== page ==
I’m never sure if I’m a Realtor first and a Triathlete second - or if it’s the other way around. I know when I’m out with clients, I look for, and point out, good places to bike, run, and
Flood Insurance Bill Eases Increases
This eases the some increases and changes that went into affect as a result of the Biggert Waters Flood Act. A more detailed rundown can be found on the Insurance Journal website, but here is a quick overview of changes that will help many homeowners along the Jersey Shore, and across the country for that matter.
First, it puts the maximum increase NFIP can impose at 18% per year, with some property classes having a 15% cap on increases. This is the maximum that NFIP can increase a policy each year.
The Bill also repeals both the property sales and new policy sales trigger. Under Biggert Waters, the home buyer and homeowner who are purchasing a new house, or new policy on their current house would immediately have to pay the full risk rate. Both of these provisions have been repealed, and in both instances, subsidized rates would still be available.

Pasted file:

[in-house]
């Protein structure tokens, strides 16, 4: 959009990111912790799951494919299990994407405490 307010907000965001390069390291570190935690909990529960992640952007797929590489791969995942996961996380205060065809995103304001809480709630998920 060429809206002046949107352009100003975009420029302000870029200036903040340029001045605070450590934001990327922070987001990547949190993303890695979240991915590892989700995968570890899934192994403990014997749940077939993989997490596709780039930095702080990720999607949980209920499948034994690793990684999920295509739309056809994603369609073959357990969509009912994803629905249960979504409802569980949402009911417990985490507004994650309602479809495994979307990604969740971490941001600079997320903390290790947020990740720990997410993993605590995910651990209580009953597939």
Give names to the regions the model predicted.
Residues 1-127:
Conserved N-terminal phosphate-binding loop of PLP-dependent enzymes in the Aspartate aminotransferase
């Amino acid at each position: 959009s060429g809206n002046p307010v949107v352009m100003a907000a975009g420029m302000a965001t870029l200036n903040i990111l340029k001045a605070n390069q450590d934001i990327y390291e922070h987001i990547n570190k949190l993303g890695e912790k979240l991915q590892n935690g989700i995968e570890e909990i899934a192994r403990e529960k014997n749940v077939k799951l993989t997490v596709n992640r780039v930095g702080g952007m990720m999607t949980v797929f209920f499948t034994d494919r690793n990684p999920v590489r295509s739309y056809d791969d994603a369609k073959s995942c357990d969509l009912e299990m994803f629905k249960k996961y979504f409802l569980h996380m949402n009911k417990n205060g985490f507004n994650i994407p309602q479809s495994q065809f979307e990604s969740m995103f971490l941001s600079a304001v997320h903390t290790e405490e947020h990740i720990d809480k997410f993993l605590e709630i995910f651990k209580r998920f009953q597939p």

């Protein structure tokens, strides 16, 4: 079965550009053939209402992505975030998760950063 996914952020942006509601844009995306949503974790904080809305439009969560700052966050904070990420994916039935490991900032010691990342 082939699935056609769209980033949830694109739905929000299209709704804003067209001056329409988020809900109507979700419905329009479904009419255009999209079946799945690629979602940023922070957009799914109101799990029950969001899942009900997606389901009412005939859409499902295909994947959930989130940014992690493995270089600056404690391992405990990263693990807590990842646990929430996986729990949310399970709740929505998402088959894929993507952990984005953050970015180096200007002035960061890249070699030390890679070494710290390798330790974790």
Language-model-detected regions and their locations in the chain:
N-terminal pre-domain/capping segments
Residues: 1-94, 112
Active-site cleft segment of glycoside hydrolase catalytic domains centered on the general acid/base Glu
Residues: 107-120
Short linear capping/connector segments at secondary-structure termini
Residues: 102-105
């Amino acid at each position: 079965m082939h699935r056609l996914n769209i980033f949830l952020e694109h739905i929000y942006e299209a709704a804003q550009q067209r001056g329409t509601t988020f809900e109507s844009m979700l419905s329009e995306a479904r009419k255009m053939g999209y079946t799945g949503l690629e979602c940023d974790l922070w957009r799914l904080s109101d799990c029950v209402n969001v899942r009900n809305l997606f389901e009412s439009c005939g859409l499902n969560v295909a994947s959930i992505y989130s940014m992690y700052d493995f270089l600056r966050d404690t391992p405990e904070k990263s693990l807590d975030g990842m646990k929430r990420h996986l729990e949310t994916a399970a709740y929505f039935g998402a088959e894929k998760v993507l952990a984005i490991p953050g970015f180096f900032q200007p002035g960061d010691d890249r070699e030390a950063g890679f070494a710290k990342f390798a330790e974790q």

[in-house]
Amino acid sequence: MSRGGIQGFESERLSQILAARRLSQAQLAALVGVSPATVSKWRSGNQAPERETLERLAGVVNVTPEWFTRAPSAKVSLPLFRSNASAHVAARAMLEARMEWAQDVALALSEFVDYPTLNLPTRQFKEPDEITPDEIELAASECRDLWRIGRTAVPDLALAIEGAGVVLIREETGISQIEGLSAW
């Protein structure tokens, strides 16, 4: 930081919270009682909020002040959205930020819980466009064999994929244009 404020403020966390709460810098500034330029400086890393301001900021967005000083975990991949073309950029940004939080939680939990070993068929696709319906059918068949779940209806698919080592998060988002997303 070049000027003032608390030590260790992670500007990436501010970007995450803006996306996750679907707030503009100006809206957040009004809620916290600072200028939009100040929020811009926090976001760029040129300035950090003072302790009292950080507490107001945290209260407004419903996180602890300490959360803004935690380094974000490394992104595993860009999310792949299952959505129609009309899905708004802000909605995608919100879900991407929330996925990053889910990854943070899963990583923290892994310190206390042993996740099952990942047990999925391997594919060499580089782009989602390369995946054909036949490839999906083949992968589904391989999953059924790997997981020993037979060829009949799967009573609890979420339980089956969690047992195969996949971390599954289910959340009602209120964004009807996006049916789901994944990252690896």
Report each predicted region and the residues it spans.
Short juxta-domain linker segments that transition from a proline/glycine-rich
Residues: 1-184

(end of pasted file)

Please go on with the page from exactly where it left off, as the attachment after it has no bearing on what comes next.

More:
It also restores "grandfathering" and sets a hard cap on policy increases per year. This relieves property owners who were mapped into a higher zone from being forced to raise their houses or have higher rates phased in over 5 years.
There is also a slight change to the Reserve Fund that was set up as a result of Biggert Waters. Now a fee of $25 per policy for primary residence, and $250 per policy for a secondary residence will be imposed on all policies. This is changed from a 5% fee on all policies that Biggert Waters called for.
There are many other changes that this Bill addresses also. For a complete rundown, the article I mentioned above from the Insurance Journal is well worth the read. You can also click here to view the article.
Feel free to get in touch with our Insurance Dept. if you have any questions on how these changes might impact you.
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